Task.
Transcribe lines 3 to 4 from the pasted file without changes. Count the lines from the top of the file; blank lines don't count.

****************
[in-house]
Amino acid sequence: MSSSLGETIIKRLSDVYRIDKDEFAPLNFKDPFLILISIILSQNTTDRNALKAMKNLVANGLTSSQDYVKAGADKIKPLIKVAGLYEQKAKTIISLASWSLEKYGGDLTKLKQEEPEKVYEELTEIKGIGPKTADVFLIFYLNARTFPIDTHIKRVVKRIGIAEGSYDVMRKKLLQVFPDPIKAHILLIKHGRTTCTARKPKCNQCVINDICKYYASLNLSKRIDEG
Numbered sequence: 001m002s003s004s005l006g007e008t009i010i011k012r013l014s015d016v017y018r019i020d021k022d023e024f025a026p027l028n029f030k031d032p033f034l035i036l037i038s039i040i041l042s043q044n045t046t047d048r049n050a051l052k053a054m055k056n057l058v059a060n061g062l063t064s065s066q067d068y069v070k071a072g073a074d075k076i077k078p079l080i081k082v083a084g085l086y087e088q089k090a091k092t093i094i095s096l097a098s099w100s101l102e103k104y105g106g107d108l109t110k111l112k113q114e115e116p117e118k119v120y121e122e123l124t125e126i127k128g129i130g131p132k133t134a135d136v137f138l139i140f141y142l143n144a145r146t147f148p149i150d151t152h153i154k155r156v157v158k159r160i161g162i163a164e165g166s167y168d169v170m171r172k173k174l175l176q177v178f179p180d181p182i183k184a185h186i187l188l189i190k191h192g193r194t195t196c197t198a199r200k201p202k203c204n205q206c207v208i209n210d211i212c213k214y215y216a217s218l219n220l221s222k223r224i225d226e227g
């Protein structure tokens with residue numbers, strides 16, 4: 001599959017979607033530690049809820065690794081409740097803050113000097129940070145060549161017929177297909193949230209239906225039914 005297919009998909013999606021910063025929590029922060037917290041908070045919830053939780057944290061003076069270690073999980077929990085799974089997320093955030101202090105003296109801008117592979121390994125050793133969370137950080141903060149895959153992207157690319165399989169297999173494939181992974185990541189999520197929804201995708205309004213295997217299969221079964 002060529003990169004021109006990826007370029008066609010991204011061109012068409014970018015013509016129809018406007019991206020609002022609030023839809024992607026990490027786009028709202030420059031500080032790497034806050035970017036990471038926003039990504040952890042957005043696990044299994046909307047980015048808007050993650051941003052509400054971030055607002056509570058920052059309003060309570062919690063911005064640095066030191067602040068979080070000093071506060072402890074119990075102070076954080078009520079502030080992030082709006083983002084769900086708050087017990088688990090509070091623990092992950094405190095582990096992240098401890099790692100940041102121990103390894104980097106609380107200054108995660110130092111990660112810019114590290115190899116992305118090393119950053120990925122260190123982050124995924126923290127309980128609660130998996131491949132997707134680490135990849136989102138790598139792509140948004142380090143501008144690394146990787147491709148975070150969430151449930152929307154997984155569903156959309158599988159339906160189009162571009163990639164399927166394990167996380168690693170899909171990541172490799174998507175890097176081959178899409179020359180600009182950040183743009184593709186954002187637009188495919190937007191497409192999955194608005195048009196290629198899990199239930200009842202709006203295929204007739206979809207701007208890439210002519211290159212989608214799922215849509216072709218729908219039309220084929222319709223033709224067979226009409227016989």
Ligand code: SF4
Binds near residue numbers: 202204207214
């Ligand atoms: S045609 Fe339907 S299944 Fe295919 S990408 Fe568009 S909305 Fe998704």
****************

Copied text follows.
Numbered sequence: 001m002s003s004s005l006g007e008t009i010i011k012r013l014s015d016v017y018r019i020d021k022d023e024f025a026p027l028n029f030k031d032p033f034l035i036l037i038s039i040i041l042s043q044n045t046t047d048r049n050a051l052k053a054m055k056n057l058v059a060n061g062l063t064s065s066q067d068y069v070k071a072g073a074d075k076i077k078p079l080i081k082v083a084g085l086y087e088q089k090a091k092t093i094i095s096l097a098s099w100s101l102e103k104y105g106g107d108l109t110k111l112k113q114e115e116p117e118k119v120y121e122e123l124t125e126i127k128g129i130g131p132k133t134a135d136v137f138l139i140f141y142l143n144a145r146t147f148p149i150d151t152h153i154k155r156v157v158k159r160i161g162i163a164e165g166s167y168d169v170m171r172k173k174l175l176q177v178f179p180d181p182i183k184a185h186i187l188l189i190k191h192g193r194t195t196c197t198a199r200k201p202k203c204n205q206c207v208i209n210d211i212c213k214y215y216a217s218l219n220l221s222k223r224i225d226e227g
């Protein structure tokens with residue numbers, strides 16, 4: 001599959017979607033530690049809820065690794081409740097803050113000097129940070145060549161017929177297909193949230209239906225039914 005297919009998909013999606021910063025929590029922060037917290041908070045919830053939780057944290061003076069270690073999980077929990085799974089997320093955030101202090105003296109801008117592979121390994125050793133969370137950080141903060149895959153992207157690319165399989169297999173494939181992974185990541189999520197929804201995708205309004213295997217299969221079964 002060529003990169004021109006990826007370029008066609010991204011061109012068409014970018015013509016129809018406007019991206020609002022609030023839809024992607026990490027786009028709202030420059031500080032790497034806050035970017036990471038926003039990504040952890042957005043696990044299994046909307047980015048808007050993650051941003052509400054971030055607002056509570058920052059309003060309570062919690063911005064640095066030191067602040068979080070000093071506060072402890074119990075102070076954080078009520079502030080992030082709006083983002084769900086708050087017990088688990090509070091623990092992950094405190095582990096992240098401890099790692100940041102121990103390894104980097106609380107200054108995660110130092111990660112810019114590290115190899116992305118090393119950053120990925122260190123982050124995924126923290127309980128609660130998996131491949132997707134680490135990849136989102138790598139792509140948004142380090143501008144690394146990787147491709148975070150969430151449930152929307154997984155569903156959309158599988159339906160189009162571009163990639164399927166394990167996380168690693170899909171990541172490799174998507175890097176081959178899409179020359180600009182950040183743009184593709186954002187637009188495919190937007191497409192999955194608005195048009196290629198899990199239930200009842202709006203295929204007739206979809207701007208890439210002519211290159212989608214799922215849509216072709218729908219039309220084929222319709223033709224067979226009409227016989």